THREE former instructors are accusing the University administration of “unfair labor practice” and illegal dismissal after being terminated as part of a crackdown on non-tenured faculty members without master’s degrees.

Raymund Antiola, Raymond Son, and Wilfredo Pollarco, former instructors at the College of Fine Arts and Design (CFAD), filed separate complaints against UST Rector Fr. Rolando de la Rosa, O.P., Academic Affairs chief Clarita Carillo, CFAD Dean Cynthia Loza, Regent Fr. Edgardo Alaurin, O.P., and the CFAD faculty council before the National Labor Relations Commission last July 5.

Copies of the complaints obtained by the Varsitarian showed the three, who were terminated last June 8, also claimed they were underpaid and deprived of regular status, in violation of the collective bargaining agreement (CBA) between UST and the Faculty Union. The three are seeking damages.

The Varsitarian earlier reported that non-tenured faculty members without master’s degrees were required to sign waivers renouncing their right to tenureship at the start of the academic year, after the University decided to strictly enforce a Commission on Higher Education (Ched) memorandum requiring all college teachers to have master’s degrees.

The union said those who did not sign were terminated.
Of the three complainants, only Antiola, who was hired in June 2005, agreed to be interviewed.

“The issue has gone too far that it has become a quest for truth and justice, a fight for principles and values,” Antiola said.
UST lawyer Arsenik Pagaduan declined to comment, saying the matter was confidential.
Father De La Rosa told the Varsitarian last month faculty members should at least have a master’s degree because it’s the “law of the land.”
Reynaldo Reyes, Faculty Union vice-president for grievance and complaints, said UST itself has been violating the law for re-hiring professors who had signed the waivers.
“If Father Rector says the law of the land prevails over the CBA, with that waiver coming from the Office of Academic Affairs issued by [Carillo], that’s violating two laws of the land, namely: the minimum requirement by the law [of a master’s degree], and the Labor Law,” Reyes said.
Ched Memorandum Order 40 series of 2008 or the “Manual of Regulations for Private Higher Education” states that all college teachers should have a master’s degree.
Waivers issued to non-tenured faculty members without master’s degrees placed them on probationary status, despite a provision in the CBA that allows professors to attain tenureship after five consecutive
semesters even without a master’s degree. Thirty professors from the College of Nursing have been given appointment papers after signing the waiver.
Antiola said he had nothing against the government policy requiring all professors to have master’s degrees. “We respect the Ched memo but the waiver is against our principles and rights. We have rights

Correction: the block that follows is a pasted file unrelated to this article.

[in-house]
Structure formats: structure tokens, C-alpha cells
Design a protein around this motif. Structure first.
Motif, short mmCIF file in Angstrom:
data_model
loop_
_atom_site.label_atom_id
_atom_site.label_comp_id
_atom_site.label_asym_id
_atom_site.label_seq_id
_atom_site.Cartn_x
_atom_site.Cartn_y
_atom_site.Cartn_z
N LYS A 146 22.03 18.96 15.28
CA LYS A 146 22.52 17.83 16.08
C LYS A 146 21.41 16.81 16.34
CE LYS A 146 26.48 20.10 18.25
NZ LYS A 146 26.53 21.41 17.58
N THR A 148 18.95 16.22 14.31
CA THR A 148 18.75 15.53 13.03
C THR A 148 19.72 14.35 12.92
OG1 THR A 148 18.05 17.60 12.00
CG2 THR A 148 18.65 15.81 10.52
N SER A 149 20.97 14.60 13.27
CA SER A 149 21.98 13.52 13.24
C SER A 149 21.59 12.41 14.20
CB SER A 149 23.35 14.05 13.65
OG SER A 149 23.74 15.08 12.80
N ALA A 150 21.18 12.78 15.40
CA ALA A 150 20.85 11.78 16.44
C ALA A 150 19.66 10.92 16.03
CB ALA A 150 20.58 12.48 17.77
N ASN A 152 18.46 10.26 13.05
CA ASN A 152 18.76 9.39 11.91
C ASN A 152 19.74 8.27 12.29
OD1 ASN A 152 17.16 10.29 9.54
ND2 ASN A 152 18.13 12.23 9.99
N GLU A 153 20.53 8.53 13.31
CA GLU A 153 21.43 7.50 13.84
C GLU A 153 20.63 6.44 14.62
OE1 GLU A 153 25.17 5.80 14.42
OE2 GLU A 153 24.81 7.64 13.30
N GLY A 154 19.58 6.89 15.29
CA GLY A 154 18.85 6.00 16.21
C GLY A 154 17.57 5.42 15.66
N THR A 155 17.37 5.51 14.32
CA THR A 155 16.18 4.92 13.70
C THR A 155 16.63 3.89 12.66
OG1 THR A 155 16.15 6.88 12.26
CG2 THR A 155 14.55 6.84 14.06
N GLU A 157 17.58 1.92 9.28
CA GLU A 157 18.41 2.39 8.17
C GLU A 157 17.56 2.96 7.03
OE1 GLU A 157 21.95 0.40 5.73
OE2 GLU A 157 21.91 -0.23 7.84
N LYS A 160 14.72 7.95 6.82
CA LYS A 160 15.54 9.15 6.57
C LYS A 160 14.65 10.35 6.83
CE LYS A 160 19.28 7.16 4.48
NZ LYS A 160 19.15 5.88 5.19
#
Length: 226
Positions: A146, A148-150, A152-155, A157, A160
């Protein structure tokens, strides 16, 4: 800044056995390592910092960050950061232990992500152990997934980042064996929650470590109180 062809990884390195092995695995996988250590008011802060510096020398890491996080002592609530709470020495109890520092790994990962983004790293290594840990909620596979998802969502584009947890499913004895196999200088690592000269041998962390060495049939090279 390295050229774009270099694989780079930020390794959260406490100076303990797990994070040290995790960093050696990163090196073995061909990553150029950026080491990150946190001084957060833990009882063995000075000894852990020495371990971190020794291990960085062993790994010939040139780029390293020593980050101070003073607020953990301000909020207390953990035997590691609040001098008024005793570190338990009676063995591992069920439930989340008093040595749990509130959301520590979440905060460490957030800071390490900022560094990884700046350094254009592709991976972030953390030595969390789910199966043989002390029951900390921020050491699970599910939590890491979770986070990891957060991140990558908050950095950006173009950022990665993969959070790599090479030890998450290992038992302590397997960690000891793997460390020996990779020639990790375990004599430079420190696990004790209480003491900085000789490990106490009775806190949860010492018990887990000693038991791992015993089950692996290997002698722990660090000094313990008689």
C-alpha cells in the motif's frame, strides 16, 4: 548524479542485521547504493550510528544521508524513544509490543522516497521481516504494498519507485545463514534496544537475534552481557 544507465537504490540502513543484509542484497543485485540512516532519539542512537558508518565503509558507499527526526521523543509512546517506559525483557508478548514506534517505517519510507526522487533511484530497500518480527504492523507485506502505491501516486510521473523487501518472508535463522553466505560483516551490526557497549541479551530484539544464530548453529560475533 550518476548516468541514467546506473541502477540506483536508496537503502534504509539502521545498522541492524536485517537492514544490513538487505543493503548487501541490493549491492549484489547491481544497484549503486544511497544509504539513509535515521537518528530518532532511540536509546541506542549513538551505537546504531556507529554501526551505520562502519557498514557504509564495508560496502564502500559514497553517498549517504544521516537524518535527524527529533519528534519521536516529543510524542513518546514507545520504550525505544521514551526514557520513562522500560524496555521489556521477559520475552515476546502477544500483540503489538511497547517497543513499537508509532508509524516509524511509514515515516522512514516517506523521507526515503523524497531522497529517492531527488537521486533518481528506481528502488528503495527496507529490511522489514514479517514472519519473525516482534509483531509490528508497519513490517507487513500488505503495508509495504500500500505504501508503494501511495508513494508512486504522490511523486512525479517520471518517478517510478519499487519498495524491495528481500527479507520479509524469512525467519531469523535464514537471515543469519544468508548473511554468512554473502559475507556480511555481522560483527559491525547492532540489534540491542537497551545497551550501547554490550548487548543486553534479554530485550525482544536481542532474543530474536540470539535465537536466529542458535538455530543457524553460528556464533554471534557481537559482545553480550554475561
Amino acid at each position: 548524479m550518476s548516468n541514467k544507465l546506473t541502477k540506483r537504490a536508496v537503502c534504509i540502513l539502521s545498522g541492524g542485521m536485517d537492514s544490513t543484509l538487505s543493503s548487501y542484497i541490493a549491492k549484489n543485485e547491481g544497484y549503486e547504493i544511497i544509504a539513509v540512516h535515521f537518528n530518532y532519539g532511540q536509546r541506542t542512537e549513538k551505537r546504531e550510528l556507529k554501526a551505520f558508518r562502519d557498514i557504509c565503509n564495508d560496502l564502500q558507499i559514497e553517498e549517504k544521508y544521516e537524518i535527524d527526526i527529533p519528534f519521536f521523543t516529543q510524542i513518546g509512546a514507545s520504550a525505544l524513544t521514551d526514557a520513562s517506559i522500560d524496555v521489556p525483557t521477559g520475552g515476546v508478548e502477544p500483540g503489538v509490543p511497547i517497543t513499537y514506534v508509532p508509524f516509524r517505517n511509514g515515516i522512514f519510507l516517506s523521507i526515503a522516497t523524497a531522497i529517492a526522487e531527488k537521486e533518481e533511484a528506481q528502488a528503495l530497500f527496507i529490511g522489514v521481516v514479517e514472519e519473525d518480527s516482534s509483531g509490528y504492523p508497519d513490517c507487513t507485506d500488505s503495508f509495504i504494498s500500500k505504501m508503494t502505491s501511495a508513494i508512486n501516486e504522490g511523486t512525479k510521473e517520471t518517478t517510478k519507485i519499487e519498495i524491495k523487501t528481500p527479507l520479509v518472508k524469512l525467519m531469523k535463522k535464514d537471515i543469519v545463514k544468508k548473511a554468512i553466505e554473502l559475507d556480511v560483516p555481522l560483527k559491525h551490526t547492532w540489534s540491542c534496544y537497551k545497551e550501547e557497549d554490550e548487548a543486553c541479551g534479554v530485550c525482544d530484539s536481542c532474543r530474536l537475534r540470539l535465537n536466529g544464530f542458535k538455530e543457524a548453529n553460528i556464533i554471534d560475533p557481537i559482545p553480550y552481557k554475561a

protected by the CBA. We cannot waive these rights,” Antiola said.
Antiola said five CFAD professors including him were originally given “thank-you letters” but one signed the waiver, cancelling his termination. He refused to disclose the names of the other professors.
Pollarco, 54, had been with CFAD for six years while Antiola, 26, and Son, 38, had been teaching for five years. Their monthly salaries ranged from P35,000 to P45,000.
Union president Gil Gamilla criticized the manner in which the CFAD instructors were terminated. “The union will stand for the good of the faculty members … According to them, they were given thank-you
letters. It’s like they were dismissed illegally,” Gamilla said. Charmaine M. Parado and Darenn G. Rodriguez

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State of ungratefulness

3 COMMENTS

  1. These professors maybe great but they have to follow university policies. College Professors should have Masters Degrees and better Doctorate Degrees in whatsoever reasons.

    I don’t think its a violation on the part of UST since ALL professors were advised to consider further studies since the term of Fr. Lana. The university should implement its internal policy to be able to maintain its high standards of education. The following professors who got terminated should know that. Its not enough that you have the experience. Having a tenure as a college Professor is different in applying a job wherein a masters degree is preferred but not required. Teaching and transmitting knowledge to students is very critical. I believe that having a masters degree will expose professors in the field or research and development. I just do hope that the professors involved realized that.

    Well, I hope that UST will strive more to become better by implementing strict rules in the Professors as well as the student selectivity.

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